Willem van de Velde the Elder and his son Willem van de Velde the Younger are two of the greatest seventeenth-century maritime artists. What is their story?

Willem van de Velde the Elder

Born in Leiden in 1611, Willem van de Velde the Elder was the son of a skipper. It was hardly an auspicious beginning for one of the leading artists of the day: we have no evidence that Willem van de Velde the Elder received any encouragement to become an artist. Perhaps he was inspired by the Van de Veldes’ neighbour on Leiden’s Mandemakerssteeg, painter and engraver Cornelis Liefrinck. On the other hand, the world Willem van de Velde the Elder grew up in prepared him well. As the son of a skipper, he was familiar with the world of ships and shipping, especially on inland waters. He may even have broadened his knowledge as a young adult serving on board as a sailor. 

In the 1630s, Van de Velde the Elder set up his own workshop producing maritime art. We find the first evidence of his atelier in Amsterdam, where he settled with wife Judick van Leeuwen and their young son Willem (b. 1633). His earliest products are prints on maritime themes. Yet Willem van de Velde was looking for a new way in which to distinguish his work from that of Amsterdam’s other maritime artists. While competitors painted in oils, producing small seascapes with a broad brush and a gentle palette, Van de Velde pursued a different path. He made brilliant, meticulously detailed, labour-intensive pen paintings in large format on vellum, and later on panel and canvas. 

Encounter between Pieter de Bitter’s returning India fleet and an English squadron at Bergen harbour in Norway, Willem van de Velde the Elder, 1666-1668.

Willem van de Velde the Younger

Unlike his father Willem van de Velde the Elder, Willem van de Velde the Younger received a formal education as a painter. He was apprenticed to Simon de Vlieger, a friend of his father’s and a leading marine painter. Willem van de Velde the Younger worked with oil paint and his early paintings show the influence of his teacher. While he also made oil paintings based on his father's pen paintings, he gradually developed his own elegant style portraying the bustling maritime world in the light and space of the coastal waters and the open sea.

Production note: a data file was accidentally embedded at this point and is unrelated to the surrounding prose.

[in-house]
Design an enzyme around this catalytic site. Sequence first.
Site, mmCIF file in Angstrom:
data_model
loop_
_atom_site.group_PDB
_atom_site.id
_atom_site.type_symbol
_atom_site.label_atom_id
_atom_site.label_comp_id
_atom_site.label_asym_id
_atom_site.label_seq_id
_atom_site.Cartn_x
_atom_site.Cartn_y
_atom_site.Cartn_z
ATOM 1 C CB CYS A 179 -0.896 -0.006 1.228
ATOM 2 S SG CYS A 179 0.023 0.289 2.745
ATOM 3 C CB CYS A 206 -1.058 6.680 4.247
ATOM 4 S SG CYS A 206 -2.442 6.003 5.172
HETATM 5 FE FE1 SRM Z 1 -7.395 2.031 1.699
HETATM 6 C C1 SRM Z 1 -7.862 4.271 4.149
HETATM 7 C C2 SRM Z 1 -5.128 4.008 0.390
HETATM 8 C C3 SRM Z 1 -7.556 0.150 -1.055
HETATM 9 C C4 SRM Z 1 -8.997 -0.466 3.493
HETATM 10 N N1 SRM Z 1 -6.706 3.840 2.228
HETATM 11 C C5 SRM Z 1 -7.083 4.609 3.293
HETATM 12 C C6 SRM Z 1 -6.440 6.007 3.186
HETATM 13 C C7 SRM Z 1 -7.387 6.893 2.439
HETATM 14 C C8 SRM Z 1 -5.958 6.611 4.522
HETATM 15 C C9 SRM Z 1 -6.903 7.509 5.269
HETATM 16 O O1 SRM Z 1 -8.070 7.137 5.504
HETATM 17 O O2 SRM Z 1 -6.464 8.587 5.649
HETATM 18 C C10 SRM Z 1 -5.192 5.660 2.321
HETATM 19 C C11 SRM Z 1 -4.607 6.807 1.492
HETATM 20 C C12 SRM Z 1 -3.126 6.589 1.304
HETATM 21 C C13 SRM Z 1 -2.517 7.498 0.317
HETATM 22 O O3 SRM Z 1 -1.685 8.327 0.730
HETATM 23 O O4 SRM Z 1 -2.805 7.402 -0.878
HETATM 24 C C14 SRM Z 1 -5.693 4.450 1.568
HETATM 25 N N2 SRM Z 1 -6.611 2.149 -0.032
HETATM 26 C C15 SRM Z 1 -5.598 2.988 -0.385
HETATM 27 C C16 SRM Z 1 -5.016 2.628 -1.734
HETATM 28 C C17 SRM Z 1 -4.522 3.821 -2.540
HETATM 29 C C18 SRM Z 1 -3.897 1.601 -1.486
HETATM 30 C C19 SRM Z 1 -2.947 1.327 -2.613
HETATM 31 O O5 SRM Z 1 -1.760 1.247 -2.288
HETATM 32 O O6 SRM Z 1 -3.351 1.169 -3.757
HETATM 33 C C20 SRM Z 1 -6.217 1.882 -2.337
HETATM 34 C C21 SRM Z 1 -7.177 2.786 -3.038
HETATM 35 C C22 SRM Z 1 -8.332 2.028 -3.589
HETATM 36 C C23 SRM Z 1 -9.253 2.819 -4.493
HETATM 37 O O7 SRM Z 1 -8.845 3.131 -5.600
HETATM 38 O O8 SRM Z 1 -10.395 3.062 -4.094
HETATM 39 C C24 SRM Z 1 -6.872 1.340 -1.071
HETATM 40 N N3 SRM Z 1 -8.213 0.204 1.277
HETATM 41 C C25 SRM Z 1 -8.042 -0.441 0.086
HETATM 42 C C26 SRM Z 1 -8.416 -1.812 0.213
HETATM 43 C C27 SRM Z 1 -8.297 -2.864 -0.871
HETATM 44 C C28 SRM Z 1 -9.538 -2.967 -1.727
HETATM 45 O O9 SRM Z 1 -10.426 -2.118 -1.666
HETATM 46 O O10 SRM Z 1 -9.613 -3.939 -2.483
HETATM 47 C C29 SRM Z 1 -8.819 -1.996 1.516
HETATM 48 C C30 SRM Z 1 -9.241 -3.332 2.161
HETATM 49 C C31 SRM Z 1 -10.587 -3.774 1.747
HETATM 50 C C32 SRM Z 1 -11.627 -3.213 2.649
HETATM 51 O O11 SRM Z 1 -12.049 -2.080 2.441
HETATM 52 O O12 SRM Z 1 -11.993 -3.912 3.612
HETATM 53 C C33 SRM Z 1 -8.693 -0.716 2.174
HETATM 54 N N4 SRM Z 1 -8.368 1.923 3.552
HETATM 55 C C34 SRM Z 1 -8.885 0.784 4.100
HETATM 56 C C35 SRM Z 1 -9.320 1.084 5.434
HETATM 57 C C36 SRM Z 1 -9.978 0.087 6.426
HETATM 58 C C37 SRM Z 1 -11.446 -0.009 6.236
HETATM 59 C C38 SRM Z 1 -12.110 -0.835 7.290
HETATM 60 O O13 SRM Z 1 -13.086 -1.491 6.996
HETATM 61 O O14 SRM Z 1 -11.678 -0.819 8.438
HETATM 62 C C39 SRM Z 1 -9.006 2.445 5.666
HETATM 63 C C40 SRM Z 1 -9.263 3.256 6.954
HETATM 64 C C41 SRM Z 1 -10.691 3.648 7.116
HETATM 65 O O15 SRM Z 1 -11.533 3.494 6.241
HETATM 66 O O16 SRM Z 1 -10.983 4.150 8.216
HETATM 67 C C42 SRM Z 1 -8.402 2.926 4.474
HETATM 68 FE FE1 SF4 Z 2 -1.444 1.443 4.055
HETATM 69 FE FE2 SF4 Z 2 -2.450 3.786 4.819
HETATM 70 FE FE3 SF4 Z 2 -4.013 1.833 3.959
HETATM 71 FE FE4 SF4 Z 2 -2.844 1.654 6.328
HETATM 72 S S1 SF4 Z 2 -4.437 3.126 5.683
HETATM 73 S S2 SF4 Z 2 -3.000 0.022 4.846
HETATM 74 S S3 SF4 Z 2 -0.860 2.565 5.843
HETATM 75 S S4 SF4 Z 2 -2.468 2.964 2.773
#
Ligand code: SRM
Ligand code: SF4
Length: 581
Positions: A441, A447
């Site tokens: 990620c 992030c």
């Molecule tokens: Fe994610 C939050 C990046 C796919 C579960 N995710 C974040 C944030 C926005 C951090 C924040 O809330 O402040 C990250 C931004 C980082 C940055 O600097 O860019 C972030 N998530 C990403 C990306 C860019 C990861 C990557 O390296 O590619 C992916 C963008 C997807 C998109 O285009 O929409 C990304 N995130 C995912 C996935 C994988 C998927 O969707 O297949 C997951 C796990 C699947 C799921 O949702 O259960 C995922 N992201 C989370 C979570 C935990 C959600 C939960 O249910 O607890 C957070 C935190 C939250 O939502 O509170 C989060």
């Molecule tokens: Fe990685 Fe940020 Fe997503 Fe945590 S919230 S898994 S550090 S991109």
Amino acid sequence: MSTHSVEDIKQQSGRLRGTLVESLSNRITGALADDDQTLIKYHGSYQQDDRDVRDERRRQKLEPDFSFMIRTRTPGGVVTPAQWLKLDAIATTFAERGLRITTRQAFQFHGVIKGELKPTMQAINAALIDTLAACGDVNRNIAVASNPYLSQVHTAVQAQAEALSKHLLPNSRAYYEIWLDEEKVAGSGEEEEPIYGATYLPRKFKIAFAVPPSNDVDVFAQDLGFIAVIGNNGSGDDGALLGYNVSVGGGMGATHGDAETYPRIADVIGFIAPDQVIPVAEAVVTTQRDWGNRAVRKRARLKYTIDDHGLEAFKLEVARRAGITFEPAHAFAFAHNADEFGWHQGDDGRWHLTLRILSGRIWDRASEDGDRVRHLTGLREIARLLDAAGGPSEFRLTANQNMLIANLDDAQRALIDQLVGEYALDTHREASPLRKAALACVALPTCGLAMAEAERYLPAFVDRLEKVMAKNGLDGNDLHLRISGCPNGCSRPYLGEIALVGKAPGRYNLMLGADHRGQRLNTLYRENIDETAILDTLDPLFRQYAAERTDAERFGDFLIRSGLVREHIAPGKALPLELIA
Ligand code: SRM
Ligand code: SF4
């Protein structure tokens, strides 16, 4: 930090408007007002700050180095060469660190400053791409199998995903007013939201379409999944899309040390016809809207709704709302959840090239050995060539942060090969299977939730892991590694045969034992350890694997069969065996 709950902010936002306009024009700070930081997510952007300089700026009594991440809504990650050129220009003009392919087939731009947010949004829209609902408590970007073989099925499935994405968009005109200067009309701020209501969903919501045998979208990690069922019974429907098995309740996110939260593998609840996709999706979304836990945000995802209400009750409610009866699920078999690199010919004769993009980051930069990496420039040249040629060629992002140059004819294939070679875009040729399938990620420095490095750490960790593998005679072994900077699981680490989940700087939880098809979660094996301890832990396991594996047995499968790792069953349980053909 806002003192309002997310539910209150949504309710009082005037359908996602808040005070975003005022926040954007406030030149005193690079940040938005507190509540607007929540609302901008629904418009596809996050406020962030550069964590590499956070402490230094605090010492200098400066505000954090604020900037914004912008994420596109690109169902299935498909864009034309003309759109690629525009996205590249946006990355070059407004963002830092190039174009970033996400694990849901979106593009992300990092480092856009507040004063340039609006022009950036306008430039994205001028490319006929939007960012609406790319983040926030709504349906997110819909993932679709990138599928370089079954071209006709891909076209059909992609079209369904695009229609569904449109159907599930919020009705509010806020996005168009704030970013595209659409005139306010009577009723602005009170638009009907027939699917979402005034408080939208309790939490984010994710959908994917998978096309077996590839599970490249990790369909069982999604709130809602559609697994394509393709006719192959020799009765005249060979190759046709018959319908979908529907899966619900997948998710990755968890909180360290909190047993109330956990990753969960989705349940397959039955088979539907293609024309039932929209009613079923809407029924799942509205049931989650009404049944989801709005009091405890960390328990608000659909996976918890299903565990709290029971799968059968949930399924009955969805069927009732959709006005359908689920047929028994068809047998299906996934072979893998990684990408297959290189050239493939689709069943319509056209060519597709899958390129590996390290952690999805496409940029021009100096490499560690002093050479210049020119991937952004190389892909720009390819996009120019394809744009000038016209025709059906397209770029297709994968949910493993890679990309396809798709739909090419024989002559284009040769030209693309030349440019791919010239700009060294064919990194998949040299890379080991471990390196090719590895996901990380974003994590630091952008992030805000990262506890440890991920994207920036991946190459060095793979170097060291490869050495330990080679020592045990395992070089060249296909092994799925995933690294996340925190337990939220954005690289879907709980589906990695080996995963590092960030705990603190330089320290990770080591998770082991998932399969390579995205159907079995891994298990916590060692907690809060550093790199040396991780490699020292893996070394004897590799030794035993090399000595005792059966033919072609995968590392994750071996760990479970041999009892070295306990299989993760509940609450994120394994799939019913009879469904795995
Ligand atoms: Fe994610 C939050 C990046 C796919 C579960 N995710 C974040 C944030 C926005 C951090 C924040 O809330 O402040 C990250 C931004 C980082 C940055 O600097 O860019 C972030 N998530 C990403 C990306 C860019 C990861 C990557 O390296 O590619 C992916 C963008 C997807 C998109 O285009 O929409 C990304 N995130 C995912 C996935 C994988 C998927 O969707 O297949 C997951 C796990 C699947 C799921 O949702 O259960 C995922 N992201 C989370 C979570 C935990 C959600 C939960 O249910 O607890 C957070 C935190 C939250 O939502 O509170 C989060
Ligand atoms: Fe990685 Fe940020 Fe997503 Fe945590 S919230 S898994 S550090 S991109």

A successful studio

The Van de Veldes owed the success of their flourishing workshop to various factors. Van de Velde the Elder was evidently a man of courage, who was present at several naval battles at great personal risk. Using a graphite pen he recorded the encounters he witnessed on scrolls of paper. Later, he presented these documentary drawings to his patrons, enabling them to understand the course of events. Later, these drawings would be developed into pen paintings and oil paintings at his workshop.

The two Willems also owed their success to an excellent network of contacts and patrons who bought their work, among them the influential de'Medici family in Florence.

Painting, Ships in a gale strong wind under a dark sky, Willem van de Velde the Elder, 1672-1707.

Royal commissions

In 1672, a catastrophic year for the Republic of the United Provinces, the art market collapsed. The Van de Veldes decided to move to England where they received a royal welcome at the court of King Charles II. The Van de Veldes were on excellent terms with both Charles II and his successor James II. The Stuarts provided both father and son with an annual pension of 100 pounds and an ample studio at Queen's House in Greenwich. This was also the origin of the commission for the tapestries, two of which were recently acquired by the National Maritime Museum.

After the Dutch stadholder Willem III and his wife Mary Stuart ascended the English throne in the Glorious Revolution of 1688, the Van de Veldes lost their royal patronage and redirected their focus to the free market. Father and son continued to work together until Willem van de Velde the Elder’s death in 1693.

Willem van de Velde & Son was made possible with support from Het Compagnie Fonds, Mondrian Fund, Fonds 21, Turing Foundation, VriendenLoterij, Prince Bernhard Culture Fund, Zabawas Foundation, Nico Nap Foundation, Samenwerkende Maritieme Fondsen and Gravin van Bylandt Stichting.

The Solebay tapestries were acquired with support from Vereniging Rembrandt (and subsidiary Rembrandt UK Circle Fund) and Mondrian Fund, together with the Ministry of ECS Nationaal Aankoopfonds, Vereeniging Nederlandsch Historisch Scheepvaart Museum, VriendenLoterij, Samenwerkende Maritieme Fondsen and Het Compagnie Fonds.